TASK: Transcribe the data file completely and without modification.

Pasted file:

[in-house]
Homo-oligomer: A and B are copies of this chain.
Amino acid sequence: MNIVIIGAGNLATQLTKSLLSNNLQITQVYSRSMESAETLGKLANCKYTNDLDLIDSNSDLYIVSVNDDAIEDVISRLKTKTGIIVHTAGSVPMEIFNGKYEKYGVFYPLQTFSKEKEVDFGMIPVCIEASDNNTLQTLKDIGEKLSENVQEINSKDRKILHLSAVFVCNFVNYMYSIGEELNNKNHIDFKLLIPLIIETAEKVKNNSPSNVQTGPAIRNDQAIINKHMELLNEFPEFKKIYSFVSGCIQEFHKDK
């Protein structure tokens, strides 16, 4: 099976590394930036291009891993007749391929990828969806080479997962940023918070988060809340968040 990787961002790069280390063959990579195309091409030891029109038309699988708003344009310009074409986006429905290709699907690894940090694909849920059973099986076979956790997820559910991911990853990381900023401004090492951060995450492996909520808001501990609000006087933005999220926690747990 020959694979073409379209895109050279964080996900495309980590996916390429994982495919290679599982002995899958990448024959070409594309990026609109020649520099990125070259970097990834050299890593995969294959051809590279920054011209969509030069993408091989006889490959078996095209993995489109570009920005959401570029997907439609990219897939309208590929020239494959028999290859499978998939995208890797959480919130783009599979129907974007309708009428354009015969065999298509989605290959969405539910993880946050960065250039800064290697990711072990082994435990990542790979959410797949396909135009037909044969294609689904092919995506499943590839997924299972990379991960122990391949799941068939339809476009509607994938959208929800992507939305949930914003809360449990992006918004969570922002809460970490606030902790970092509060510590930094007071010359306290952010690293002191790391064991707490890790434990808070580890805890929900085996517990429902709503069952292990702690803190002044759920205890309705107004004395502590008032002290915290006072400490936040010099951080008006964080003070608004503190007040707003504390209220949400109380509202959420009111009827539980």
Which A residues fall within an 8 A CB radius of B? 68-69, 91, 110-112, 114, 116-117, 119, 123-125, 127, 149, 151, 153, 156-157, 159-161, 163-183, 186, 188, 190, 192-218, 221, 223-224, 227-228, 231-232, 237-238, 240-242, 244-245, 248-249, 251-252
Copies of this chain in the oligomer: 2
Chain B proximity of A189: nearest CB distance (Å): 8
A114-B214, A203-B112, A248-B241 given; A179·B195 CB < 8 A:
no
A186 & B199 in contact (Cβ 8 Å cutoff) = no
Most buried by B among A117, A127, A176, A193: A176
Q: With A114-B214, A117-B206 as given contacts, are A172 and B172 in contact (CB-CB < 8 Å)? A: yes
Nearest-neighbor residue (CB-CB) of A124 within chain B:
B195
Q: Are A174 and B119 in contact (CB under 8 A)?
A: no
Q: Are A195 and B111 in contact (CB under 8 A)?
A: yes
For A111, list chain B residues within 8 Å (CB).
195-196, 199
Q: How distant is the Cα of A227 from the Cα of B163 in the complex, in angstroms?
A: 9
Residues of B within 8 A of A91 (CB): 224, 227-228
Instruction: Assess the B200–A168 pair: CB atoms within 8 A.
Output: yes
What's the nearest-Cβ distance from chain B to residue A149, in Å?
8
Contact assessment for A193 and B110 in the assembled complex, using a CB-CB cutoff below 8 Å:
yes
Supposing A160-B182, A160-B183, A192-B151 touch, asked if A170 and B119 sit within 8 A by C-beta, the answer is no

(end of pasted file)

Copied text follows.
[in-house]
Homo-oligomer: A and B are copies of this chain.
Amino acid sequence: MNIVIIGAGNLATQLTKSLLSNNLQITQVYSRSMESAETLGKLANCKYTNDLDLIDSNSDLYIVSVNDDAIEDVISRLKTKTGIIVHTAGSVPMEIFNGKYEKYGVFYPLQTFSKEKEVDFGMIPVCIEASDNNTLQTLKDIGEKLSENVQEINSKDRKILHLSAVFVCNFVNYMYSIGEELNNKNHIDFKLLIPLIIETAEKVKNNSPSNVQTGPAIRNDQAIINKHMELLNEFPEFKKIYSFVSGCIQEFHKDK
């Protein structure tokens, strides 16, 4: 099976590394930036291009891993007749391929990828969806080479997962940023918070988060809340968040 990787961002790069280390063959990579195309091409030891029109038309699988708003344009310009074409986006429905290709699907690894940090694909849920059973099986076979956790997820559910991911990853990381900023401004090492951060995450492996909520808001501990609000006087933005999220926690747990 020959694979073409379209895109050279964080996900495309980590996916390429994982495919290679599982002995899958990448024959070409594309990026609109020649520099990125070259970097990834050299890593995969294959051809590279920054011209969509030069993408091989006889490959078996095209993995489109570009920005959401570029997907439609990219897939309208590929020239494959028999290859499978998939995208890797959480919130783009599979129907974007309708009428354009015969065999298509989605290959969405539910993880946050960065250039800064290697990711072990082994435990990542790979959410797949396909135009037909044969294609689904092919995506499943590839997924299972990379991960122990391949799941068939339809476009509607994938959208929800992507939305949930914003809360449990992006918004969570922002809460970490606030902790970092509060510590930094007071010359306290952010690293002191790391064991707490890790434990808070580890805890929900085996517990429902709503069952292990702690803190002044759920205890309705107004004395502590008032002290915290006072400490936040010099951080008006964080003070608004503190007040707003504390209220949400109380509202959420009111009827539980």
Which A residues fall within an 8 A CB radius of B? 68-69, 91, 110-112, 114, 116-117, 119, 123-125, 127, 149, 151, 153, 156-157, 159-161, 163-183, 186, 188, 190, 192-218, 221, 223-224, 227-228, 231-232, 237-238, 240-242, 244-245, 248-249, 251-252
Copies of this chain in the oligomer: 2
Chain B proximity of A189: nearest CB distance (Å): 8
A114-B214, A203-B112, A248-B241 given; A179·B195 CB < 8 A:
no
A186 & B199 in contact (Cβ 8 Å cutoff) = no
Most buried by B among A117, A127, A176, A193: A176
Q: With A114-B214, A117-B206 as given contacts, are A172 and B172 in contact (CB-CB < 8 Å)? A: yes
Nearest-neighbor residue (CB-CB) of A124 within chain B:
B195
Q: Are A174 and B119 in contact (CB under 8 A)?
A: no
Q: Are A195 and B111 in contact (CB under 8 A)?
A: yes
For A111, list chain B residues within 8 Å (CB).
195-196, 199
Q: How distant is the Cα of A227 from the Cα of B163 in the complex, in angstroms?
A: 9
Residues of B within 8 A of A91 (CB): 224, 227-228
Instruction: Assess the B200–A168 pair: CB atoms within 8 A.
Output: yes
What's the nearest-Cβ distance from chain B to residue A149, in Å?
8
Contact assessment for A193 and B110 in the assembled complex, using a CB-CB cutoff below 8 Å:
yes
Supposing A160-B182, A160-B183, A192-B151 touch, asked if A170 and B119 sit within 8 A by C-beta, the answer is no